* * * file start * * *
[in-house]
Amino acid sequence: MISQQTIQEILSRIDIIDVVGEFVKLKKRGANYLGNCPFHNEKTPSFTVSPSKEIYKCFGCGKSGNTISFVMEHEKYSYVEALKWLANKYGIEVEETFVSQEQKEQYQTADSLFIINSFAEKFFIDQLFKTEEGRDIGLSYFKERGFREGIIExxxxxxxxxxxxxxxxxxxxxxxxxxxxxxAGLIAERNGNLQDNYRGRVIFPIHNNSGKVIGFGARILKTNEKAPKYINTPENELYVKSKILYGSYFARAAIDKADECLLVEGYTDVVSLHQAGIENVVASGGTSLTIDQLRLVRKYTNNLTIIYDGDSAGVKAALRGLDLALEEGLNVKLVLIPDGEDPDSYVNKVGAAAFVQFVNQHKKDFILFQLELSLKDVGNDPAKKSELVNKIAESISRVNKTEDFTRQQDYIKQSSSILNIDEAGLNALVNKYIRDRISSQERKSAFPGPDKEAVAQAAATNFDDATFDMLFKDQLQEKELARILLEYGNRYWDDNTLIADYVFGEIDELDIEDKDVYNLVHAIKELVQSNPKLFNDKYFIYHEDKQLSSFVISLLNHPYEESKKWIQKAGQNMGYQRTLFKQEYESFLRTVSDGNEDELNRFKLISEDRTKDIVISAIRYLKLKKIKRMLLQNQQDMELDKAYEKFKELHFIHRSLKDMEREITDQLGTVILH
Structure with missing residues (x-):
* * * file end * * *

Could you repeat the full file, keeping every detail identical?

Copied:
[in-house]
Amino acid sequence: MISQQTIQEILSRIDIIDVVGEFVKLKKRGANYLGNCPFHNEKTPSFTVSPSKEIYKCFGCGKSGNTISFVMEHEKYSYVEALKWLANKYGIEVEETFVSQEQKEQYQTADSLFIINSFAEKFFIDQLFKTEEGRDIGLSYFKERGFREGIIExxxxxxxxxxxxxxxxxxxxxxxxxxxxxxAGLIAERNGNLQDNYRGRVIFPIHNNSGKVIGFGARILKTNEKAPKYINTPENELYVKSKILYGSYFARAAIDKADECLLVEGYTDVVSLHQAGIENVVASGGTSLTIDQLRLVRKYTNNLTIIYDGDSAGVKAALRGLDLALEEGLNVKLVLIPDGEDPDSYVNKVGAAAFVQFVNQHKKDFILFQLELSLKDVGNDPAKKSELVNKIAESISRVNKTEDFTRQQDYIKQSSSILNIDEAGLNALVNKYIRDRISSQERKSAFPGPDKEAVAQAAATNFDDATFDMLFKDQLQEKELARILLEYGNRYWDDNTLIADYVFGEIDELDIEDKDVYNLVHAIKELVQSNPKLFNDKYFIYHEDKQLSSFVISLLNHPYEESKKWIQKAGQNMGYQRTLFKQEYESFLRTVSDGNEDELNRFKLISEDRTKDIVISAIRYLKLKKIKRMLLQNQQDMELDKAYEKFKELHFIHRSLKDMEREITDQLGTVILH
Structure with missing residues (x-):